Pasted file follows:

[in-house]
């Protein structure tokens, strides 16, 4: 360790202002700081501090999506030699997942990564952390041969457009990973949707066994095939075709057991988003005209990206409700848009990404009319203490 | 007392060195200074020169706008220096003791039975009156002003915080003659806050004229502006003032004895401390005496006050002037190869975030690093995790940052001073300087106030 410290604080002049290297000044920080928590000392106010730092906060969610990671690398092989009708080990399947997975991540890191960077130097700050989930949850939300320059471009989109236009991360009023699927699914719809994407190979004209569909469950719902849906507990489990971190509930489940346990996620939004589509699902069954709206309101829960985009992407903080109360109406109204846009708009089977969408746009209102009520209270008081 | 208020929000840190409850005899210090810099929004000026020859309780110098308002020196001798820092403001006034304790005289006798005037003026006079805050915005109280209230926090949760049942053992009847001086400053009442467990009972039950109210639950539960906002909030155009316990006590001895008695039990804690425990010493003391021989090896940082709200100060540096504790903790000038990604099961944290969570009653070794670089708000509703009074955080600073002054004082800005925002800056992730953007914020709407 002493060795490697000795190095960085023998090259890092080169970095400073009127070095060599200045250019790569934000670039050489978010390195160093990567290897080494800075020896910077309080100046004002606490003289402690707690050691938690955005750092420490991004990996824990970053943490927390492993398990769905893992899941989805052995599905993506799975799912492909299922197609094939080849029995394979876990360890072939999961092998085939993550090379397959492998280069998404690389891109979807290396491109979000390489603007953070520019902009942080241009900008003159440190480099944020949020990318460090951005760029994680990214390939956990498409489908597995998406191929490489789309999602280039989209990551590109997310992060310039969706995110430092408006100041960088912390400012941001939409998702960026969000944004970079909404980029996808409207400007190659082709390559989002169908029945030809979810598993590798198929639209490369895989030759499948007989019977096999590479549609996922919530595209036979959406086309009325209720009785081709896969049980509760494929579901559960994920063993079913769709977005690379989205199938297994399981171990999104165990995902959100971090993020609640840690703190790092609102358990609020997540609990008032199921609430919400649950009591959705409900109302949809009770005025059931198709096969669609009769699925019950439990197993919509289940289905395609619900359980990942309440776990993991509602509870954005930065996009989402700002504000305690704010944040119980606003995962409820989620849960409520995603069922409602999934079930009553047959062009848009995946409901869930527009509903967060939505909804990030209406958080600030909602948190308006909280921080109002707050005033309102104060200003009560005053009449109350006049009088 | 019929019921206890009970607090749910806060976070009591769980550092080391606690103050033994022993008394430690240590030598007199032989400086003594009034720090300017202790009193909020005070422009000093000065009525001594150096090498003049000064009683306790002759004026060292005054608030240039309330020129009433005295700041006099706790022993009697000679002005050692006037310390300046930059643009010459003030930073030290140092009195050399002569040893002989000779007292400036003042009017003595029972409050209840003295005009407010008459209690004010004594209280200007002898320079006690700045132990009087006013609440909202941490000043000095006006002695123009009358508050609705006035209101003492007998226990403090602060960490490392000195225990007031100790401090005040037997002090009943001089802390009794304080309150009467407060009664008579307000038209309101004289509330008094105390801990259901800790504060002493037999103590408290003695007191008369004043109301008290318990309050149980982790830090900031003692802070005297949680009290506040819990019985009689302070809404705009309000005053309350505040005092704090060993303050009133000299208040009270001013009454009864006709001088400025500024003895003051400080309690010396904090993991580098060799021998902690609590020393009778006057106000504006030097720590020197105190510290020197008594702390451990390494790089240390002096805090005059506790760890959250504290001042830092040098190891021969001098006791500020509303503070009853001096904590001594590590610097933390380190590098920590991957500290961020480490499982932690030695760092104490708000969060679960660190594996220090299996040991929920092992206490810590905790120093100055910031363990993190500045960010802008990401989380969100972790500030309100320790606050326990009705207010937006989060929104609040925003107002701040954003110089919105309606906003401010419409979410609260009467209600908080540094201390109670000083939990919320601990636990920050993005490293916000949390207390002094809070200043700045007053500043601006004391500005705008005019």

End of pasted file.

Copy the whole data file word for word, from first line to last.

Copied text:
[in-house]
């Protein structure tokens, strides 16, 4: 360790202002700081501090999506030699997942990564952390041969457009990973949707066994095939075709057991988003005209990206409700848009990404009319203490 | 007392060195200074020169706008220096003791039975009156002003915080003659806050004229502006003032004895401390005496006050002037190869975030690093995790940052001073300087106030 410290604080002049290297000044920080928590000392106010730092906060969610990671690398092989009708080990399947997975991540890191960077130097700050989930949850939300320059471009989109236009991360009023699927699914719809994407190979004209569909469950719902849906507990489990971190509930489940346990996620939004589509699902069954709206309101829960985009992407903080109360109406109204846009708009089977969408746009209102009520209270008081 | 208020929000840190409850005899210090810099929004000026020859309780110098308002020196001798820092403001006034304790005289006798005037003026006079805050915005109280209230926090949760049942053992009847001086400053009442467990009972039950109210639950539960906002909030155009316990006590001895008695039990804690425990010493003391021989090896940082709200100060540096504790903790000038990604099961944290969570009653070794670089708000509703009074955080600073002054004082800005925002800056992730953007914020709407 002493060795490697000795190095960085023998090259890092080169970095400073009127070095060599200045250019790569934000670039050489978010390195160093990567290897080494800075020896910077309080100046004002606490003289402690707690050691938690955005750092420490991004990996824990970053943490927390492993398990769905893992899941989805052995599905993506799975799912492909299922197609094939080849029995394979876990360890072939999961092998085939993550090379397959492998280069998404690389891109979807290396491109979000390489603007953070520019902009942080241009900008003159440190480099944020949020990318460090951005760029994680990214390939956990498409489908597995998406191929490489789309999602280039989209990551590109997310992060310039969706995110430092408006100041960088912390400012941001939409998702960026969000944004970079909404980029996808409207400007190659082709390559989002169908029945030809979810598993590798198929639209490369895989030759499948007989019977096999590479549609996922919530595209036979959406086309009325209720009785081709896969049980509760494929579901559960994920063993079913769709977005690379989205199938297994399981171990999104165990995902959100971090993020609640840690703190790092609102358990609020997540609990008032199921609430919400649950009591959705409900109302949809009770005025059931198709096969669609009769699925019950439990197993919509289940289905395609619900359980990942309440776990993991509602509870954005930065996009989402700002504000305690704010944040119980606003995962409820989620849960409520995603069922409602999934079930009553047959062009848009995946409901869930527009509903967060939505909804990030209406958080600030909602948190308006909280921080109002707050005033309102104060200003009560005053009449109350006049009088 | 019929019921206890009970607090749910806060976070009591769980550092080391606690103050033994022993008394430690240590030598007199032989400086003594009034720090300017202790009193909020005070422009000093000065009525001594150096090498003049000064009683306790002759004026060292005054608030240039309330020129009433005295700041006099706790022993009697000679002005050692006037310390300046930059643009010459003030930073030290140092009195050399002569040893002989000779007292400036003042009017003595029972409050209840003295005009407010008459209690004010004594209280200007002898320079006690700045132990009087006013609440909202941490000043000095006006002695123009009358508050609705006035209101003492007998226990403090602060960490490392000195225990007031100790401090005040037997002090009943001089802390009794304080309150009467407060009664008579307000038209309101004289509330008094105390801990259901800790504060002493037999103590408290003695007191008369004043109301008290318990309050149980982790830090900031003692802070005297949680009290506040819990019985009689302070809404705009309000005053309350505040005092704090060993303050009133000299208040009270001013009454009864006709001088400025500024003895003051400080309690010396904090993991580098060799021998902690609590020393009778006057106000504006030097720590020197105190510290020197008594702390451990390494790089240390002096805090005059506790760890959250504290001042830092040098190891021969001098006791500020509303503070009853001096904590001594590590610097933390380190590098920590991957500290961020480490499982932690030695760092104490708000969060679960660190594996220090299996040991929920092992206490810590905790120093100055910031363990993190500045960010802008990401989380969100972790500030309100320790606050326990009705207010937006989060929104609040925003107002701040954003110089919105309606906003401010419409979410609260009467209600908080540094201390109670000083939990919320601990636990920050993005490293916000949390207390002094809070200043700045007053500043601006004391500005705008005019």